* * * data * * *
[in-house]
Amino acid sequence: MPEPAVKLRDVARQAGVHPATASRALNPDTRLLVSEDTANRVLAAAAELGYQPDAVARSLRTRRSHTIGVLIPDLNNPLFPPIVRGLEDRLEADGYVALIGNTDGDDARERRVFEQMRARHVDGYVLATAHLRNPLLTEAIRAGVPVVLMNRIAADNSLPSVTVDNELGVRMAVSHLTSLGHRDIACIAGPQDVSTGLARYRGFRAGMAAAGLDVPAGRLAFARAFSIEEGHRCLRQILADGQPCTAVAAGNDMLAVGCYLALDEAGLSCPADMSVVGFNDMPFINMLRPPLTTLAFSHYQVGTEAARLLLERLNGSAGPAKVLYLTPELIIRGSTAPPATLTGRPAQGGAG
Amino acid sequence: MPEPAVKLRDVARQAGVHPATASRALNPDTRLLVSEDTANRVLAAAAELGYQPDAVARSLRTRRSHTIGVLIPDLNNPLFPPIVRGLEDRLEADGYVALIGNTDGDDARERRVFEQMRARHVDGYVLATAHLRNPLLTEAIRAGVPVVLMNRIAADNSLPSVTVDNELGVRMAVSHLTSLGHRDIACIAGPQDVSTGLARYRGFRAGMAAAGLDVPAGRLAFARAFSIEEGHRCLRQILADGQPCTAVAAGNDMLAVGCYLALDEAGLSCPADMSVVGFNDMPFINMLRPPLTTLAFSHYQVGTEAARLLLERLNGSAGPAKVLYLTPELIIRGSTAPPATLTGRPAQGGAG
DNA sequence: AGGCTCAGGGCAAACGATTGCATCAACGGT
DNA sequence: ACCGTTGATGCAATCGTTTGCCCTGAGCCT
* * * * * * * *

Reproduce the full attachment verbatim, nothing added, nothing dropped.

[in-house]
Amino acid sequence: MPEPAVKLRDVARQAGVHPATASRALNPDTRLLVSEDTANRVLAAAAELGYQPDAVARSLRTRRSHTIGVLIPDLNNPLFPPIVRGLEDRLEADGYVALIGNTDGDDARERRVFEQMRARHVDGYVLATAHLRNPLLTEAIRAGVPVVLMNRIAADNSLPSVTVDNELGVRMAVSHLTSLGHRDIACIAGPQDVSTGLARYRGFRAGMAAAGLDVPAGRLAFARAFSIEEGHRCLRQILADGQPCTAVAAGNDMLAVGCYLALDEAGLSCPADMSVVGFNDMPFINMLRPPLTTLAFSHYQVGTEAARLLLERLNGSAGPAKVLYLTPELIIRGSTAPPATLTGRPAQGGAG
Amino acid sequence: MPEPAVKLRDVARQAGVHPATASRALNPDTRLLVSEDTANRVLAAAAELGYQPDAVARSLRTRRSHTIGVLIPDLNNPLFPPIVRGLEDRLEADGYVALIGNTDGDDARERRVFEQMRARHVDGYVLATAHLRNPLLTEAIRAGVPVVLMNRIAADNSLPSVTVDNELGVRMAVSHLTSLGHRDIACIAGPQDVSTGLARYRGFRAGMAAAGLDVPAGRLAFARAFSIEEGHRCLRQILADGQPCTAVAAGNDMLAVGCYLALDEAGLSCPADMSVVGFNDMPFINMLRPPLTTLAFSHYQVGTEAARLLLERLNGSAGPAKVLYLTPELIIRGSTAPPATLTGRPAQGGAG
DNA sequence: AGGCTCAGGGCAAACGATTGCATCAACGGT
DNA sequence: ACCGTTGATGCAATCGTTTGCCCTGAGCCT